Renowned in avant-garde jazz circles for his steadfast leadership, bassist, composer and bandleader William Parker
's all-encompassing artistry has long been influenced by a variety of sources, both abstract and concrete. Though mysticism and spirituality play a hand in his expansive aesthetic, so do earthly concerns like social justice and family. Uncle Joe's Spirit House
, the debut of Parker's Organ Quartet, is a persuasive example of the later.
The album is dedicated to his Aunt Carrie Lee Edwards and Uncle Joe, whose lifetime of hard work and determination provided inspiration to Parker during his formative years, demonstrating that a life well lived can be an art in and of itself. In their honor, Parker delves into the popular soul jazz of his aunt and uncle's youth. Embracing, but unconstrained by the nostalgic air of vintage Post-War organ dates, Parker and company keep the proceedings relevant with subtle shades of modernism.
Parker's first small combo recording with Darryl Foster (from the bassist's Little Huey Creative Music Orchestra and Inside Songs of Curtis Mayfield), finds the expressive tenor saxophonist's muscular tone and soulful phrasing perfectly suited to this material. With a keen combination of old school lyricism and edgy avant-garde embellishments, his quicksilver note flurries and altissimo siren wails simultaneously invoke and update crowd-pleasing pyrotechnics, transposing venerable bar-walking saxophone traditions into post-Albert Ayler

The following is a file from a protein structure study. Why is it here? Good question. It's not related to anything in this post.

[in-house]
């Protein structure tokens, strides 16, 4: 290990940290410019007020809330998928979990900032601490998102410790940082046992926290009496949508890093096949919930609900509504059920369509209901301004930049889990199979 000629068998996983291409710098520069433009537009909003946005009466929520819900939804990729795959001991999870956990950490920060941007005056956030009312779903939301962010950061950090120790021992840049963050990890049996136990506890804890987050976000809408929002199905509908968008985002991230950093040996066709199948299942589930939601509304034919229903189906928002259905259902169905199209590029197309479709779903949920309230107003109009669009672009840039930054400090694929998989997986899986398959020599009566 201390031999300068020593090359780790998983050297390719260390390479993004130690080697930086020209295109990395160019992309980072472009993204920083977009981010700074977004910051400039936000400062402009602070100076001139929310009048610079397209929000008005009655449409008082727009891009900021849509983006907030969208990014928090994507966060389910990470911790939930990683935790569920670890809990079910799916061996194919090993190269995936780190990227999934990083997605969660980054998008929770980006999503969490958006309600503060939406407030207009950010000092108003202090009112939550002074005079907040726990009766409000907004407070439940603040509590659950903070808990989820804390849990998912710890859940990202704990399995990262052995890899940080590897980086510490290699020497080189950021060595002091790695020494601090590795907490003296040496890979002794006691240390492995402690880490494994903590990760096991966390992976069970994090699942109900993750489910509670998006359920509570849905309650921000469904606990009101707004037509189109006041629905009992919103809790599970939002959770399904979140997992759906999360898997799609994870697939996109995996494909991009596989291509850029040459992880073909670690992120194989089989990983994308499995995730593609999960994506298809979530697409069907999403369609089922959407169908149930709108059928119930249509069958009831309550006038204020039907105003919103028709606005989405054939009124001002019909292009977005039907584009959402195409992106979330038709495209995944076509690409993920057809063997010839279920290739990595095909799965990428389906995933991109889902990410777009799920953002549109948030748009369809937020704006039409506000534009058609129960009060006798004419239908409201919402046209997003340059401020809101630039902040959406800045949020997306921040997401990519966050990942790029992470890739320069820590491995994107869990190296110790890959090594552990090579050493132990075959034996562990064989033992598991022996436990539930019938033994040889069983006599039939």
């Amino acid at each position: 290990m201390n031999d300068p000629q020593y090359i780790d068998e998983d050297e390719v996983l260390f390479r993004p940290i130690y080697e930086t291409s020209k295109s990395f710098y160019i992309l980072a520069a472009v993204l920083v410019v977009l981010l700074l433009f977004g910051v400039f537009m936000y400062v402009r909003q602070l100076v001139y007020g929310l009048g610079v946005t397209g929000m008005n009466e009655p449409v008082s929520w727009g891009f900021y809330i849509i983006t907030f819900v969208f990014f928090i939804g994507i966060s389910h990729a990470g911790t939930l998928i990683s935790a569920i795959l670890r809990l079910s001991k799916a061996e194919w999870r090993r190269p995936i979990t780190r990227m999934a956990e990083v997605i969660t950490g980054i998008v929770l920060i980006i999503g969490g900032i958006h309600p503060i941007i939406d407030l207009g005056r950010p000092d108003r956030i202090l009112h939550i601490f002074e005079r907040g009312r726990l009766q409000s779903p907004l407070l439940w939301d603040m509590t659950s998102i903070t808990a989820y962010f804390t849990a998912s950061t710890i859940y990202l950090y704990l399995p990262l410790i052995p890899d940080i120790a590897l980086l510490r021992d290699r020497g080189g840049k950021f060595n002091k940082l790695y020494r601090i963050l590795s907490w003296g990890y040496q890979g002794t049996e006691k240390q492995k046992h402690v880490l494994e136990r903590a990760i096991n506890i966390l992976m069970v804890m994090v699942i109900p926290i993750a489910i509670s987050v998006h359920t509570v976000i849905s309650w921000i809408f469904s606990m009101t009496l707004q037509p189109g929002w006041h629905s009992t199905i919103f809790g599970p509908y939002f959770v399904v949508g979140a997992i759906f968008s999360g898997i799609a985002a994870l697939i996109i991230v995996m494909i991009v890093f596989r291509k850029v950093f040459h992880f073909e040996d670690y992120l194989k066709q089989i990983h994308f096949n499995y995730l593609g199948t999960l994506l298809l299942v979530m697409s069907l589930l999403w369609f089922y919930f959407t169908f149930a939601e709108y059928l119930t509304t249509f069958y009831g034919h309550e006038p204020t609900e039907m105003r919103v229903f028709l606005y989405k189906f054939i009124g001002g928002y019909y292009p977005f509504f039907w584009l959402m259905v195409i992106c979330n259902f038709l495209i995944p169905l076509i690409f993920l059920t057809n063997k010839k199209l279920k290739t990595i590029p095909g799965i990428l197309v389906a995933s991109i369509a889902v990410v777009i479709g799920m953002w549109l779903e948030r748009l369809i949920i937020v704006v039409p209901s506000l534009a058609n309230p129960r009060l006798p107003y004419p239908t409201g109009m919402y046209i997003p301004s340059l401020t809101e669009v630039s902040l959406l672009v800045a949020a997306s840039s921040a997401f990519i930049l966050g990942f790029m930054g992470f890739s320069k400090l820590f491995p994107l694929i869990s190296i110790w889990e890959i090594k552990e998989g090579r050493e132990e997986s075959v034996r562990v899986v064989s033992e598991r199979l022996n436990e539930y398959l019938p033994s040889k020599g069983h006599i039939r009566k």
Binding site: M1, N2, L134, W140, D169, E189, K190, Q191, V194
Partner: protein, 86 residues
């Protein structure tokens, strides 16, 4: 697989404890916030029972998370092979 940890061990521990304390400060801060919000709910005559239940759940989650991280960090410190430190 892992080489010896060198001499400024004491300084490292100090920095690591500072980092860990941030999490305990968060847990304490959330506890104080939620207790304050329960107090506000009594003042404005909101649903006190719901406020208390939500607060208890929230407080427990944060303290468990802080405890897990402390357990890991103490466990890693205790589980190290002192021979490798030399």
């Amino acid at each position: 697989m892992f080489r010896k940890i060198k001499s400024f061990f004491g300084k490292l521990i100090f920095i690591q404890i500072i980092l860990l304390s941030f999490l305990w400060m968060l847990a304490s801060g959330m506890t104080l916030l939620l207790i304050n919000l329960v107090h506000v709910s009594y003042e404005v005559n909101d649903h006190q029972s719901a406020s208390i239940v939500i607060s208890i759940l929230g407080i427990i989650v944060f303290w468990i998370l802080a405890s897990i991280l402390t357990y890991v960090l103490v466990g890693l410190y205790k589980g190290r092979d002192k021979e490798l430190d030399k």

A debut in more ways than one, this session also marks the first documented recording of multi-instrumentalist Cooper-Moore
on organ. A singularly gifted pianist, Cooper-Moore is a revelation on the Hammond; his tortuous cadences and prismatic chords inspire a range of moods, from juke joint fervor to after-hours introspection. Ubiquitous drummer Gerald Cleaver
rounds out the quartet, his adroit facility underscoring Parker's hypnotic in-the-pocket approach with compelling enthusiasm.
Opening the date with one of the most cheerfully optimistic melodies in his entire catalog ("Uncle Joe's Spirit House"), Parker builds on the basic foundations of blues and soul, with detours into bossa nova ("Ennio's Tag"), funk ("Jacques' Groove") and gospel ("Let's Go Down to the River"). The progressive mid-sixties Blue Note sides of Larry Young
are an especially prevalent influence throughout the sessionfrom the dolorous waltz "Buddha's Joy" to the confrontationally angular "The Struggle." Showing reverence for the organ-combo tradition, the straight ahead ballad "Oasis" ends the record on a note of opulent lyricism.Uncle Joe's Spirit House
is a deeply personal offering from a musician whose role as a scene leader and social activist is as significant as his instrumental prowess. Similar in tone to O'Neal's Porch
(Centering, 2000)also a familial dedication, to Parker's late Uncle O'Nealthis heartfelt release is sure to be admired as one of his most appealing efforts.